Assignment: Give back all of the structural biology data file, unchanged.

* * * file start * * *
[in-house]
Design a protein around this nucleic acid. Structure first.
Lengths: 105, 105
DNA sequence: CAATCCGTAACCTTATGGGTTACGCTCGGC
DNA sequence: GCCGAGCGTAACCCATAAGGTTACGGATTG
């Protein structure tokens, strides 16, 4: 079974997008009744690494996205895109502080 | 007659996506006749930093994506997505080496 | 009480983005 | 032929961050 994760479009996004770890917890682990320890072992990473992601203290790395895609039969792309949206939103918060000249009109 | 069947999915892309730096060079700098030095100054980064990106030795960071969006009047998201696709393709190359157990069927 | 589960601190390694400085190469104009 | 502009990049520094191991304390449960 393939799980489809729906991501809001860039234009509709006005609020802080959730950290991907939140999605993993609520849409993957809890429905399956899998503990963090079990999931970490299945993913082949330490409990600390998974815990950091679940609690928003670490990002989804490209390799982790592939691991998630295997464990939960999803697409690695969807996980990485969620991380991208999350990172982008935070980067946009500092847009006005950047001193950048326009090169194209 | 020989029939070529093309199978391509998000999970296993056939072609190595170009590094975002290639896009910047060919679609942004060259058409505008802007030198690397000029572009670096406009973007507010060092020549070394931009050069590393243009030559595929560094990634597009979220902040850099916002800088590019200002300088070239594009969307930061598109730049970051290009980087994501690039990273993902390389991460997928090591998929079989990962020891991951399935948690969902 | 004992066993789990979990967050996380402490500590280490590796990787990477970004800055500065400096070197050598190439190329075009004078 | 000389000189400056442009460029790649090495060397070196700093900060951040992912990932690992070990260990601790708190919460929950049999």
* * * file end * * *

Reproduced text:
[in-house]
Design a protein around this nucleic acid. Structure first.
Lengths: 105, 105
DNA sequence: CAATCCGTAACCTTATGGGTTACGCTCGGC
DNA sequence: GCCGAGCGTAACCCATAAGGTTACGGATTG
């Protein structure tokens, strides 16, 4: 079974997008009744690494996205895109502080 | 007659996506006749930093994506997505080496 | 009480983005 | 032929961050 994760479009996004770890917890682990320890072992990473992601203290790395895609039969792309949206939103918060000249009109 | 069947999915892309730096060079700098030095100054980064990106030795960071969006009047998201696709393709190359157990069927 | 589960601190390694400085190469104009 | 502009990049520094191991304390449960 393939799980489809729906991501809001860039234009509709006005609020802080959730950290991907939140999605993993609520849409993957809890429905399956899998503990963090079990999931970490299945993913082949330490409990600390998974815990950091679940609690928003670490990002989804490209390799982790592939691991998630295997464990939960999803697409690695969807996980990485969620991380991208999350990172982008935070980067946009500092847009006005950047001193950048326009090169194209 | 020989029939070529093309199978391509998000999970296993056939072609190595170009590094975002290639896009910047060919679609942004060259058409505008802007030198690397000029572009670096406009973007507010060092020549070394931009050069590393243009030559595929560094990634597009979220902040850099916002800088590019200002300088070239594009969307930061598109730049970051290009980087994501690039990273993902390389991460997928090591998929079989990962020891991951399935948690969902 | 004992066993789990979990967050996380402490500590280490590796990787990477970004800055500065400096070197050598190439190329075009004078 | 000389000189400056442009460029790649090495060397070196700093900060951040992912990932690992070990260990601790708190919460929950049999």